Google, the world’s leading search engine, has adopted an algorithm it calls RankBrain. While old ranking factors still hold true, conclusions from machine learning are the number three factor in ranking criteria.
It treats queries as subject to interpretation rather than a fixed input. This interpretation helps to determine where sites are ranked, and when.
It’s wrong to see RankBrain in terms of statistics. It’s a true AI system that’s constantly adapting to user input and adjusting its response. Ideally, it can answer even my vague questions, rather than simply returning a list of popular sites where certain phrases are found. Google’s prior algorithm,
Google’s prior algorithm, Hummingbird, was meant to achieve better machine understanding of human language. It processed over 200 information signals, but RankBrain actually learns. RankBrain is designed to better understand user intent, as opposed to new twists in searching on the given words.
How should SEO adapt?
I’ve seen a few changes to SEO strategy over the past several years, so it may seem strange to say that SEO in the era of machine learning will not change dramatically. AI applications are the standard now and for the foreseeable future.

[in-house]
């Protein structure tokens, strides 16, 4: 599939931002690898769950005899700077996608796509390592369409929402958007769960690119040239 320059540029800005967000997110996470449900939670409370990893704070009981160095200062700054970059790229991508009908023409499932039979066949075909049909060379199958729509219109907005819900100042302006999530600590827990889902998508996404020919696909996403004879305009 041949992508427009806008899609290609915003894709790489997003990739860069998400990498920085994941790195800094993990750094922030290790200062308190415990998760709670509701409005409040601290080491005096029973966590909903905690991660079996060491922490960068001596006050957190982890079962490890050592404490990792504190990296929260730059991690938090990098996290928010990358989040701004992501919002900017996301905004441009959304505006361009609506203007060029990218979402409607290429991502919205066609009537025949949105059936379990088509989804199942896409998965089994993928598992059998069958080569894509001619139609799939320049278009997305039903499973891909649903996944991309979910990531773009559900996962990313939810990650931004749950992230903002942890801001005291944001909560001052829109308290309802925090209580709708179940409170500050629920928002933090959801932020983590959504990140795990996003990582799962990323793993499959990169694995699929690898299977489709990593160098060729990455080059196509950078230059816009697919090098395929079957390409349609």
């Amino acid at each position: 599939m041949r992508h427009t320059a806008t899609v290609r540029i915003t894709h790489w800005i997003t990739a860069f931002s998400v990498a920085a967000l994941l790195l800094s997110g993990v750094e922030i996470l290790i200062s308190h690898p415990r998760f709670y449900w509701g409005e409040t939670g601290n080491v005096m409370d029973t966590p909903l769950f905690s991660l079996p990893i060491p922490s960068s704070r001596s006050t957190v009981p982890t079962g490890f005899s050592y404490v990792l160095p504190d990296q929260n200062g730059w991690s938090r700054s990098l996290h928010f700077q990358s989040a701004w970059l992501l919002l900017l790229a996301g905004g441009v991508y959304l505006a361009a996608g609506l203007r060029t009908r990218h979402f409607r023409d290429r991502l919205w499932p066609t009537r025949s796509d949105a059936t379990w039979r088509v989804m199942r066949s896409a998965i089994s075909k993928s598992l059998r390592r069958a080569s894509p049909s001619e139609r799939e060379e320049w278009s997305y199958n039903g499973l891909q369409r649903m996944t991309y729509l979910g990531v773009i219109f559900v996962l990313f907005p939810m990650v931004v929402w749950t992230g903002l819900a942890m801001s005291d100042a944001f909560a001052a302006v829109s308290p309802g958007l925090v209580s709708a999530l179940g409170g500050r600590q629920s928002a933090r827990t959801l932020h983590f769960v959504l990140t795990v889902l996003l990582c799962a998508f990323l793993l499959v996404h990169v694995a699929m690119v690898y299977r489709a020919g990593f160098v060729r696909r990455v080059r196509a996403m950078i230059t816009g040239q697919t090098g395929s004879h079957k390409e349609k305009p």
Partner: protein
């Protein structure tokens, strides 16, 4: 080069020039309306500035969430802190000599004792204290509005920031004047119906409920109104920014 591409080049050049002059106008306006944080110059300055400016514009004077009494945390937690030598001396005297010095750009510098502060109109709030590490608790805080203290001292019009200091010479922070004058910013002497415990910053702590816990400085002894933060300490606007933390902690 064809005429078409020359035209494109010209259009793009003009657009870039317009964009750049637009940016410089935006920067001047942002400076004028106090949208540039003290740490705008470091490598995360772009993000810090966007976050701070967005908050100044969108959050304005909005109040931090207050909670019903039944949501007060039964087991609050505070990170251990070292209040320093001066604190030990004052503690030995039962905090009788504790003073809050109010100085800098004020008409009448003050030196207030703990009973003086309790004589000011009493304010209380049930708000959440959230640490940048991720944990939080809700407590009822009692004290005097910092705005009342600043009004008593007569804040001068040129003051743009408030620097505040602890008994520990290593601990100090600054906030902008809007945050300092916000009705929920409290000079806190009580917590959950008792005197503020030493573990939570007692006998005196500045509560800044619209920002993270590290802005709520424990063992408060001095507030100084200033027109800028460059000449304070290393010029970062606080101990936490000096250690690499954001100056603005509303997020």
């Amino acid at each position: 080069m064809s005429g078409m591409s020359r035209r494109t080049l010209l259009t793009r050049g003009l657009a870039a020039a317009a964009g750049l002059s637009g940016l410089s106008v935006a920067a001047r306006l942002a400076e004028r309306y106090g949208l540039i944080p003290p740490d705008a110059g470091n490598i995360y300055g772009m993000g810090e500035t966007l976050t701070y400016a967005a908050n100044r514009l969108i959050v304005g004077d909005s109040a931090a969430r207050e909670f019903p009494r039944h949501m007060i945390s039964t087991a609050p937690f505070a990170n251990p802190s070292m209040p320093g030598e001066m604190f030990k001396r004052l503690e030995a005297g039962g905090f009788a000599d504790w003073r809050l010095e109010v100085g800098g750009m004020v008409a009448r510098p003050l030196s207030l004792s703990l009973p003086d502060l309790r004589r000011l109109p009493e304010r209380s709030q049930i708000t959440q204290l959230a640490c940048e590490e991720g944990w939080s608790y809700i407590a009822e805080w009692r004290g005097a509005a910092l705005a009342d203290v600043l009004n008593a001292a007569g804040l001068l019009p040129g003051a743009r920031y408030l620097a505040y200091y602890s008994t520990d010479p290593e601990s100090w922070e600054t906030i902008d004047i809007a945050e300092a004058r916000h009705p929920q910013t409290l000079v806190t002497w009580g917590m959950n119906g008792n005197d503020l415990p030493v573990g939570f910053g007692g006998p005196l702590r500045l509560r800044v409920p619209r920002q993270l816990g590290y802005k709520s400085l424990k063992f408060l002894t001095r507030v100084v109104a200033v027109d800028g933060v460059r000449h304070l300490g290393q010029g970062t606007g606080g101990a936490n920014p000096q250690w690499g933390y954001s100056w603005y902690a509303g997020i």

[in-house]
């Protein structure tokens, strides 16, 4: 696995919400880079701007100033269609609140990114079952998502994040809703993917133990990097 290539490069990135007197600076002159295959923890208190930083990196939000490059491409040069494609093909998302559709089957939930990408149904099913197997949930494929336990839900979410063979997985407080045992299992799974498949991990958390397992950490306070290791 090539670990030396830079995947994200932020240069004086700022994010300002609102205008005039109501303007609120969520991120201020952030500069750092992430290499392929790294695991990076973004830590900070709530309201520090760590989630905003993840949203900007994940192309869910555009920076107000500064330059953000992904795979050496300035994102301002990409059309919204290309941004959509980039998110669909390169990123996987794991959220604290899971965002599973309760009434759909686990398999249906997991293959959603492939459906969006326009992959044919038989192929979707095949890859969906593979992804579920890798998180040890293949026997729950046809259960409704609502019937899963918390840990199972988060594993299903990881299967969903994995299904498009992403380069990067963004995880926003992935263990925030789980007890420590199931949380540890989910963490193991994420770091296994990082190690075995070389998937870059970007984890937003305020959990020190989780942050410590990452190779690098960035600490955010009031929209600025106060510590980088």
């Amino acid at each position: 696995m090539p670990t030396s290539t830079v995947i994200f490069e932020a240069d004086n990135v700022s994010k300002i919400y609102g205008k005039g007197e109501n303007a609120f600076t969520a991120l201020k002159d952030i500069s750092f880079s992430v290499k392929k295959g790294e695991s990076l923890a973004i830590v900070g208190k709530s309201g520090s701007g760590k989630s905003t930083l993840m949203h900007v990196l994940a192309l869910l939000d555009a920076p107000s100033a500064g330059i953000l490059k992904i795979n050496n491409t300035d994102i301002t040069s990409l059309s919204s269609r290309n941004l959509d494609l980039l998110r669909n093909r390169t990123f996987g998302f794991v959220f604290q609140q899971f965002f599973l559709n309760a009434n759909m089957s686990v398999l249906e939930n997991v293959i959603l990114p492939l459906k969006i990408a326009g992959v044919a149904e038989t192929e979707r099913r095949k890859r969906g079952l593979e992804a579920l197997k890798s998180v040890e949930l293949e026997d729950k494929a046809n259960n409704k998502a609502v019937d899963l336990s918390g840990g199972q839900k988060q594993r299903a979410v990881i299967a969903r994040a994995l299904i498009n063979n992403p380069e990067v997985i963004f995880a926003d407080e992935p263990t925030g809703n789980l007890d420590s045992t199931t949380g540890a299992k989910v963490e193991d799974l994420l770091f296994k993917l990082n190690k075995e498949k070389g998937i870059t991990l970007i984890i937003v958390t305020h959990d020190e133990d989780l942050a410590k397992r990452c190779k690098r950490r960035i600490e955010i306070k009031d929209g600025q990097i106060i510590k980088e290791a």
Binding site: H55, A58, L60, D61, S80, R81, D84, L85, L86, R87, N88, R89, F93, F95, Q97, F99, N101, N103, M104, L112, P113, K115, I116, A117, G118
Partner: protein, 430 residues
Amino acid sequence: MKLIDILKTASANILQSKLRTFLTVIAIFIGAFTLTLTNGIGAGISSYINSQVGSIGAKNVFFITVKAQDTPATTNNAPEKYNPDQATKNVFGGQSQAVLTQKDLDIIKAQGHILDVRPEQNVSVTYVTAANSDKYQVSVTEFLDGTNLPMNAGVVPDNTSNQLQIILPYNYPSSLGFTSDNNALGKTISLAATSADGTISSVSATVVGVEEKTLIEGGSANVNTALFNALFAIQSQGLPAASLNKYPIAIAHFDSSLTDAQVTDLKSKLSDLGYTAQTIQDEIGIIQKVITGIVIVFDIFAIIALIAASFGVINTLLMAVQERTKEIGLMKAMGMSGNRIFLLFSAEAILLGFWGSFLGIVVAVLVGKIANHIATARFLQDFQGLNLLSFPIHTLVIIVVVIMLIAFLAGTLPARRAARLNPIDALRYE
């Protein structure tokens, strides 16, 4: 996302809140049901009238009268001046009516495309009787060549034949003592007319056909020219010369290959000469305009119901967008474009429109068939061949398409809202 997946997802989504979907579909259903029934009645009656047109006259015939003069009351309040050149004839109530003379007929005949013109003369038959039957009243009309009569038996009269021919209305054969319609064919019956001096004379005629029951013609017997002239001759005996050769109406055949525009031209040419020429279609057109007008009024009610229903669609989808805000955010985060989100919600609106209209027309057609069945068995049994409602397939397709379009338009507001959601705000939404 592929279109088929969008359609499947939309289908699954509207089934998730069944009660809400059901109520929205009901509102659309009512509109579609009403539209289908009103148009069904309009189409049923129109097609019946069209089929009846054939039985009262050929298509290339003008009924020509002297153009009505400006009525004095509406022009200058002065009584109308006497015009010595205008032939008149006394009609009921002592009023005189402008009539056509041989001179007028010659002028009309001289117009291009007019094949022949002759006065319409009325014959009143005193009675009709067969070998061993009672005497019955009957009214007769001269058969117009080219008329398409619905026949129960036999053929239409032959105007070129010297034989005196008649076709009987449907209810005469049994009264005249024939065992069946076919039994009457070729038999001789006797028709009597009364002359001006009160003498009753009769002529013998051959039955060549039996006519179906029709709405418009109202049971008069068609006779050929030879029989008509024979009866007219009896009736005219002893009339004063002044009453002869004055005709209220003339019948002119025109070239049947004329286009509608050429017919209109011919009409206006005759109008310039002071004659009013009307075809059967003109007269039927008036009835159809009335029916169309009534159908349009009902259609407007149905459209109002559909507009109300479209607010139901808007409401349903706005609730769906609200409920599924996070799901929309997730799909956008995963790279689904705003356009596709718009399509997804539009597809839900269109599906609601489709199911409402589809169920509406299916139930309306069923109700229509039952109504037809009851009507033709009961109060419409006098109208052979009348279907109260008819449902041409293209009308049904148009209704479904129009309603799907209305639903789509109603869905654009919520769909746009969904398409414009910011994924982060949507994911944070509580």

Google changed its algorithm radically and abruptly, but now that it’s in place, any further changes will be relatively minor adjustments. And I see that other search engines are only likely to follow the same trend.
People must learn to adapt to the way the machines conduct searches. It’s now a matter of learning and adapting for us humans. Software engineers will no longer need to come up with and roll out yet another iteration of a complex process. The machines are the engine of change now.
Machine Learning and Content
But search queries are only one aspect of machine learning. The search engines still have that goal of providing better results to humans, so data on user engagement is still vital.
Though I can’t say exactly which signals they will put emphasis on, machine learning algorithms will still value engaging content.
That’s the whole point, after all. The new generation of search algorithms are learning to achieve a better understanding of long-tail keywords, search phrases, and actual questions.
I suspect that with machines focused on intent rather than syntax, optimizing the use of keywords will be even less relevant.
Good content, however, will still be king. Search engine results are about delivering quality as much as accuracy. Content optimized for searches instead of human visitors will actually tend to lower rankings.